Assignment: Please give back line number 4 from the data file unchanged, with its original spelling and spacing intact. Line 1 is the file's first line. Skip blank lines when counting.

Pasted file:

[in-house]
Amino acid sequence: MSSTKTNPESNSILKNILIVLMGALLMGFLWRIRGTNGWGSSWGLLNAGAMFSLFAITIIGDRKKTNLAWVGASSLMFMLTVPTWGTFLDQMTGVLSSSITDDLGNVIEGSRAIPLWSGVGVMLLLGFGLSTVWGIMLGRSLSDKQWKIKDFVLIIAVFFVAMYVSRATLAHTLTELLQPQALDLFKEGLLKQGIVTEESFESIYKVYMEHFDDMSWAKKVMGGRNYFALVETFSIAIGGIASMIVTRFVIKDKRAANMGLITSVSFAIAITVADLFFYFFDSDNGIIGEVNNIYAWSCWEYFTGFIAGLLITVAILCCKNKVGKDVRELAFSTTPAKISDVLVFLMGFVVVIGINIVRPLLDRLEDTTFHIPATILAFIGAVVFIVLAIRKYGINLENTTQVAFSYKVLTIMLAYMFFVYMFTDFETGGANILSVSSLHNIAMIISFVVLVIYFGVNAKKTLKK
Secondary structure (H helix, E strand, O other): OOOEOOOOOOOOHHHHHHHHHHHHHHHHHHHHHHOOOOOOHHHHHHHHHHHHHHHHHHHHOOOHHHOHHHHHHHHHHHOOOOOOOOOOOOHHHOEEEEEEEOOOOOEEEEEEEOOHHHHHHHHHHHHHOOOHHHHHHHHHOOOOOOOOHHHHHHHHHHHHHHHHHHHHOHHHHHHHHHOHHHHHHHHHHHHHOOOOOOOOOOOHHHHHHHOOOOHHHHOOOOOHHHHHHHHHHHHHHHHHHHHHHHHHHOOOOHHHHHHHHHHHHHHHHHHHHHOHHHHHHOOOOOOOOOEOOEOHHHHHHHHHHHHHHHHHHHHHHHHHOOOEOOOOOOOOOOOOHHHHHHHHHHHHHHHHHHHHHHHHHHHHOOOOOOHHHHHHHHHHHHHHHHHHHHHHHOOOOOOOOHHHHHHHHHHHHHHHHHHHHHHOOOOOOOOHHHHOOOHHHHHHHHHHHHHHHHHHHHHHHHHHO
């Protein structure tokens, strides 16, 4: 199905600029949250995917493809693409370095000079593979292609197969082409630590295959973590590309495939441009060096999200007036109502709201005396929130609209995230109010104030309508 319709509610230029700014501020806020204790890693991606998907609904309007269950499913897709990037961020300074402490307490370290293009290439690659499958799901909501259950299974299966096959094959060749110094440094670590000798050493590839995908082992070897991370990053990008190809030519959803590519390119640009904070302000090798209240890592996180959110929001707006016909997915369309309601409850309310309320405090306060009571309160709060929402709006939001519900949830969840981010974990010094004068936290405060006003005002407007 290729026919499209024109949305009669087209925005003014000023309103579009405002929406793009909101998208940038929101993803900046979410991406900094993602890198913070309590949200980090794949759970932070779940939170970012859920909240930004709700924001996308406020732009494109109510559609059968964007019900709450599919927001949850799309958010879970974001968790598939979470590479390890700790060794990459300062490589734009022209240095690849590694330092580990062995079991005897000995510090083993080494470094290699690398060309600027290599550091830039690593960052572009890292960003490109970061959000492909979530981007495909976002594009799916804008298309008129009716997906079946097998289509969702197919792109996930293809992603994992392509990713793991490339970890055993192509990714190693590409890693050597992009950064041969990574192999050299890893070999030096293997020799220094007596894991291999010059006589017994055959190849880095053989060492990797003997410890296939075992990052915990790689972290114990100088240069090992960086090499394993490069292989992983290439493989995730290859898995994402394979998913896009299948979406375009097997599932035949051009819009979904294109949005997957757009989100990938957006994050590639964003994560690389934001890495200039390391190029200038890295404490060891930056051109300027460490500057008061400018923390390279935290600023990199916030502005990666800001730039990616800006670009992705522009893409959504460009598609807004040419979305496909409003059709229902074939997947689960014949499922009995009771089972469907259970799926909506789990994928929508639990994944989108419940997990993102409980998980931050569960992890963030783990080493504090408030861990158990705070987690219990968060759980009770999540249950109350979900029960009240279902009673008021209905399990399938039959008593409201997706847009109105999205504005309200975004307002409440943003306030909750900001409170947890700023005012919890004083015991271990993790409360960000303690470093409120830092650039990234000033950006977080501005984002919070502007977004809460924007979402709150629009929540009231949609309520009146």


């Protein structure tokens, strides 16, 4: 199905600029949250995917493809693409370095000079593979292609197969082409630590295959973590590309495939441009060096999200007036109502709201005396929130609209995230109010104030309508 319709509610230029700014501020806020204790890693991606998907609904309007269950499913897709990037961020300074402490307490370290293009290439690659499958799901909501259950299974299966096959094959060749110094440094670590000798050493590839995908082992070897991370990053990008190809030519959803590519390119640009904070302000090798209240890592996180959110929001707006016909997915369309309601409850309310309320405090306060009571309160709060929402709006939001519900949830969840981010974990010094004068936290405060006003005002407007 290729026919499209024109949305009669087209925005003014000023309103579009405002929406793009909101998208940038929101993803900046979410991406900094993602890198913070309590949200980090794949759970932070779940939170970012859920909240930004709700924001996308406020732009494109109510559609059968964007019900709450599919927001949850799309958010879970974001968790598939979470590479390890700790060794990459300062490589734009022209240095690849590694330092580990062995079991005897000995510090083993080494470094290699690398060309600027290599550091830039690593960052572009890292960003490109970061959000492909979530981007495909976002594009799916804008298309008129009716997906079946097998289509969702197919792109996930293809992603994992392509990713793991490339970890055993192509990714190693590409890693050597992009950064041969990574192999050299890893070999030096293997020799220094007596894991291999010059006589017994055959190849880095053989060492990797003997410890296939075992990052915990790689972290114990100088240069090992960086090499394993490069292989992983290439493989995730290859898995994402394979998913896009299948979406375009097997599932035949051009819009979904294109949005997957757009989100990938957006994050590639964003994560690389934001890495200039390391190029200038890295404490060891930056051109300027460490500057008061400018923390390279935290600023990199916030502005990666800001730039990616800006670009992705522009893409959504460009598609807004040419979305496909409003059709229902074939997947689960014949499922009995009771089972469907259970799926909506789990994928929508639990994944989108419940997990993102409980998980931050569960992890963030783990080493504090408030861990158990705070987690219990968060759980009770999540249950109350979900029960009240279902009673008021209905399990399938039959008593409201997706847009109105999205504005309200975004307002409440943003306030909750900001409170947890700023005012919890004083015991271990993790409360960000303690470093409120830092650039990234000033950006977080501005984002919070502007977004809460924007979402709150629009929540009231949609309520009146």